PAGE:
Patit Paban Halder runs a hospital solely for fish in Chandannagore, India. Basically, he has 32 aquariums in his home, and he treats ailing fish with his wife and son. (more…)

INDEX design awards at code 09 preview


traditional stoves in india

the aim of the INDEX: award is to generate more design to improve life and enable
a higher quality of life all over the world.

based in denmark, the award comprises five categories – body, home, work, play
and community that together span the spectrum of human activity and are relevant
and understandable to people all over the world. as the biggest design award in the world,
the total award sum amounts to 500,000 euros financed by the state of denmark. this year,
there are 72 finalists chosen from 720 nominated designs from 54 countries.

the winners will be announced at a gala ceremony on 28 august 2009 at the newly
opened koncerthuset (concert house) of the danish national broadcasting corporation.
followed by an international traveling exhibition of winners and finalists.


‘chula’ smokeless stove

one of the finalists include ‘chulha’ a smokeless stove by philips design team in india
and the netherlands.

New Shipping Rules Agreed To Protect The Antarctic

from Green Options by Chris Milton

The International Maritime Organisation (IMO) has agreed new rules which ban the transportation and use of heavy grade oils by ships in the Antarctic Ocean.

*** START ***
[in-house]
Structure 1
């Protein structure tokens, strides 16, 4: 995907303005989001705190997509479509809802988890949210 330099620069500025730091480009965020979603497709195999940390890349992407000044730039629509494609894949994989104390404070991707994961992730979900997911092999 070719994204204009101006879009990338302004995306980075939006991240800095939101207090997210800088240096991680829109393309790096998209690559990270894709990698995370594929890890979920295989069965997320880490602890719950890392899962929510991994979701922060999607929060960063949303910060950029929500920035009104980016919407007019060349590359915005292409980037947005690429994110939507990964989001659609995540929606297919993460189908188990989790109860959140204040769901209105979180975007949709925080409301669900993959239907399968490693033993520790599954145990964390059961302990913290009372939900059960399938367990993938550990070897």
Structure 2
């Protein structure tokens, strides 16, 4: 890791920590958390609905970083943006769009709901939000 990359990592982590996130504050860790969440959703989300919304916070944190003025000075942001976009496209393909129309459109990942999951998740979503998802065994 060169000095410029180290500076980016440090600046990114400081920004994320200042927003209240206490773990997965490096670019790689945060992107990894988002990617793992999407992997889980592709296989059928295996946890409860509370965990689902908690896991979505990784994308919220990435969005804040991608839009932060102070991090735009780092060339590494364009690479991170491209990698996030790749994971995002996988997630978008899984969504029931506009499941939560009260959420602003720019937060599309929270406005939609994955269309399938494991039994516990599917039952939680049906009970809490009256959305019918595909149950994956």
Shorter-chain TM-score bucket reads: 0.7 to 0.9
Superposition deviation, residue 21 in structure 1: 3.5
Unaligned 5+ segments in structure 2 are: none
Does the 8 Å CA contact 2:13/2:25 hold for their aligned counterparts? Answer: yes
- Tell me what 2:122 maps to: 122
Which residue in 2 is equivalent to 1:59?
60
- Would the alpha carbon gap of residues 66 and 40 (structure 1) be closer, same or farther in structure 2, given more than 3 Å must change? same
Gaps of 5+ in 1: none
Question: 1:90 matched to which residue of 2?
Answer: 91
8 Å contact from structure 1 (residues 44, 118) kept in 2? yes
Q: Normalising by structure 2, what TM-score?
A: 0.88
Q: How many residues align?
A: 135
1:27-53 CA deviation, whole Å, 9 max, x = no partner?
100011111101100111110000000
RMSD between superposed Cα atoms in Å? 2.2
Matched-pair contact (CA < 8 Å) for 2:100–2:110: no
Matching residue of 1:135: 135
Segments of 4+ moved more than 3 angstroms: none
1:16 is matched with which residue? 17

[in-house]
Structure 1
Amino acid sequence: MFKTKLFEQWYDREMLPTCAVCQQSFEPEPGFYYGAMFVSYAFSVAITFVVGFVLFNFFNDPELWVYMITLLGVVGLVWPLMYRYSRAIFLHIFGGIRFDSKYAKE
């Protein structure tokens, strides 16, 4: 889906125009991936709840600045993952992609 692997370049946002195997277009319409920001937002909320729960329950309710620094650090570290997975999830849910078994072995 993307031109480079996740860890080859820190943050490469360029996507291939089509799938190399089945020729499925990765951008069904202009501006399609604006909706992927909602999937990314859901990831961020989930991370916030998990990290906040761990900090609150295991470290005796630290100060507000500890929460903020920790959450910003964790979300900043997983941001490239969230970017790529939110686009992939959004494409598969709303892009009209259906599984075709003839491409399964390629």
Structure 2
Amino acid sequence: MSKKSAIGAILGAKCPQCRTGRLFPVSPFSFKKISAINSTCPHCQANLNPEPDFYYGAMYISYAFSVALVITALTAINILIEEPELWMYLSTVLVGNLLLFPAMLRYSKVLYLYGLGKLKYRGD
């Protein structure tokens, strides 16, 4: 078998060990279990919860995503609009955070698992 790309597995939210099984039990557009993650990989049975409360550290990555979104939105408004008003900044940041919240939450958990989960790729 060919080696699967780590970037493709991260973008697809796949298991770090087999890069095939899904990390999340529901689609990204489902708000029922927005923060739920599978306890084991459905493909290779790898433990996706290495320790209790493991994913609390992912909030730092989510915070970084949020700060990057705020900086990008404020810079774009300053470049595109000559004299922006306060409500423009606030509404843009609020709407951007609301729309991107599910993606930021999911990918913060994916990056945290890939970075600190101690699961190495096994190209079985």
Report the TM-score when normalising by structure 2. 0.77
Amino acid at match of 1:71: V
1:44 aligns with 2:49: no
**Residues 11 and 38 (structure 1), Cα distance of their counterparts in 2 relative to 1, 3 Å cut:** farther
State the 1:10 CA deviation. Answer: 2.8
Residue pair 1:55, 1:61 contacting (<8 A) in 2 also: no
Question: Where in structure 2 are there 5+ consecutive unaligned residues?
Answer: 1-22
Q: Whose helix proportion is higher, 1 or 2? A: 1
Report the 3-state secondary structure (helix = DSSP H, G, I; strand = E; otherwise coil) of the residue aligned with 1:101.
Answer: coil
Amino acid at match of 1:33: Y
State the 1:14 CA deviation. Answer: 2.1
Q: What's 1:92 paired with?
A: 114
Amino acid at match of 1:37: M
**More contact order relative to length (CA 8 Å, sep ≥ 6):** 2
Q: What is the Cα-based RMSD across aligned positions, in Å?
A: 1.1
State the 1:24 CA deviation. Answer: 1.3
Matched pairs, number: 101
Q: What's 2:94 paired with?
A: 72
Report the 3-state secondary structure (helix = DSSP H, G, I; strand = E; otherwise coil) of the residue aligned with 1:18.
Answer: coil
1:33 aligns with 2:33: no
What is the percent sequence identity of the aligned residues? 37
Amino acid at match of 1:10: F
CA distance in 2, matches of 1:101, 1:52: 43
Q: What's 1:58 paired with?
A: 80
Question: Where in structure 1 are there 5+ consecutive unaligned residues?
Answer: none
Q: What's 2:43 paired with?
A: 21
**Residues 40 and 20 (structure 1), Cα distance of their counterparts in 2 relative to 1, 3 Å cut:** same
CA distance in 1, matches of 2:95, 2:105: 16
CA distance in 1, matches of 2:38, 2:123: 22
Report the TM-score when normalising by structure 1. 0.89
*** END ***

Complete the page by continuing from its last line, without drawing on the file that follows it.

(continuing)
MAD architects: ‘hutong bubble 32’, beijing


‘hotong bubble 32’
image © fang zhenning
courtesy MAD architects

old beijing is composed of hutongs, alleys of communal courtyard homes.
MAD architects has suggested a type of new urban lifestyle by inserting the modern
architectural structure ‘hutong bubble 32’ into a traditional hutong building.
‘hutong bubble 32’ includes a bathroom since residents of hutongs usually have limited space
with no indoor bathroom, and includes a staircase to the roof garden.
taking the shape of a bubble, it is attached to the wooden column and brick structure
of the old building.


the bubble latching onto the side of the old hutong building
image © fang zhenning
courtesy MAD architects


the bubble’s reflective surface
image © fang zhenning
courtesy MAD architects


image © fang zhenning
courtesy MAD architects


the walk-out to the rooftop garden
image © fang zhenning
courtesy MAD architects


stairwell to the rooftop garden
image © fang zhenning
courtesy MAD architects


image © fang zhenning
courtesy MAD architects


image © shuhe
courtesy MAD architects


image © fang zhenning
courtesy MAD architects


image © fang zhenning
courtesy MAD architects


image © fang zhenning
courtesy MAD architects

patrick morris: sky planter


‘sky planter’

designed by central saint martins graduate patrick morris, ‘sky planter’
provides a solution to fussy plants in small spaces or a way to use
plants as design elements. the ‘sky planter’ made of ceramics locks the
plant and soil into the place and hang from a ceiling or wall-mount.
a reservoir hidden in the top waters plants gradually.

World’s Most Efficient Solar Technology Coming Early 2010

from Green Options by Timothy B. Hurst